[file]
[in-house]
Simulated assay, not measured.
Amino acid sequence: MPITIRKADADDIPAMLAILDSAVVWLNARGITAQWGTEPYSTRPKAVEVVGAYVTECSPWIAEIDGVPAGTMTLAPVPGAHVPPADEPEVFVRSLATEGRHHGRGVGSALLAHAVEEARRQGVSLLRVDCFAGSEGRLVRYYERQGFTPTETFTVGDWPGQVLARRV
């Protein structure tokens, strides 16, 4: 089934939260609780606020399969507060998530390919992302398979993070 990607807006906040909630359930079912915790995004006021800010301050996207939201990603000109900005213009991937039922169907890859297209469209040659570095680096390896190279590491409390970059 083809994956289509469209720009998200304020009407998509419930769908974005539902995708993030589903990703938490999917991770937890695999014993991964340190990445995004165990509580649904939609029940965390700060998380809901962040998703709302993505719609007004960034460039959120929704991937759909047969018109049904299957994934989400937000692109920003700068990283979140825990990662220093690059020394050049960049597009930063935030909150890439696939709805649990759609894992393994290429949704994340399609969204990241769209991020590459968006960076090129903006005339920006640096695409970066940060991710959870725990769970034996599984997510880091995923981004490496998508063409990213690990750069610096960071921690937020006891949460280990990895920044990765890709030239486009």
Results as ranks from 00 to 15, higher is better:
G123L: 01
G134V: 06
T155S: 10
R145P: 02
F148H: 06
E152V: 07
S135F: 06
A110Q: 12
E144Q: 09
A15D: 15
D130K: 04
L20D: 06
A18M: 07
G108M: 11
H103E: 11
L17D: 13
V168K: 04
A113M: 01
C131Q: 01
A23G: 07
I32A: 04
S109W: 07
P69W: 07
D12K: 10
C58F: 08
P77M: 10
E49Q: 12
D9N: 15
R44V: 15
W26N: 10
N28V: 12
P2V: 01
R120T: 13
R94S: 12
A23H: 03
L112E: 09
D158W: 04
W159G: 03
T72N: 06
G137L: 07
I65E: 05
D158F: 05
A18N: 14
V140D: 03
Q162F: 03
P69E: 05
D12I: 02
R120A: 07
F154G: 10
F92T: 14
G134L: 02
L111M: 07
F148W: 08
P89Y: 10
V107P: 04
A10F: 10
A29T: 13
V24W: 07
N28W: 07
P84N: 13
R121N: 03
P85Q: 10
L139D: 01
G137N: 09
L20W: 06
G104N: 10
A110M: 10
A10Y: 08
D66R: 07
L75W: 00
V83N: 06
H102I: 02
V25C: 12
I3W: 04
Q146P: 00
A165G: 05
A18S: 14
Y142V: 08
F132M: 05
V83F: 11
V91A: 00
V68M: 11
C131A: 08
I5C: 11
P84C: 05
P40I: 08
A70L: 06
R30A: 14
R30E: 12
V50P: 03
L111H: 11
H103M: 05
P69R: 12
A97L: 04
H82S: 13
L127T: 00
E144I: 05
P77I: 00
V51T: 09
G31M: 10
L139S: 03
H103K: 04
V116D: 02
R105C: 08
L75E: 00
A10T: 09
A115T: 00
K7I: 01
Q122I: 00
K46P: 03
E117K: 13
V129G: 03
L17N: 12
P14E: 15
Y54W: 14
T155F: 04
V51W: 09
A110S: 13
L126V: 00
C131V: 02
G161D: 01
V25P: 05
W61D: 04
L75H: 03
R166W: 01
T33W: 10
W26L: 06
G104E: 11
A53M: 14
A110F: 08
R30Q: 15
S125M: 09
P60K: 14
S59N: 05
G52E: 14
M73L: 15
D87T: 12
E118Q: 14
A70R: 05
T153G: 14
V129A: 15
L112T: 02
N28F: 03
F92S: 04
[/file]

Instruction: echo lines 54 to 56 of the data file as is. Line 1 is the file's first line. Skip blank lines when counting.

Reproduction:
F154G: 10
F92T: 14
G134L: 02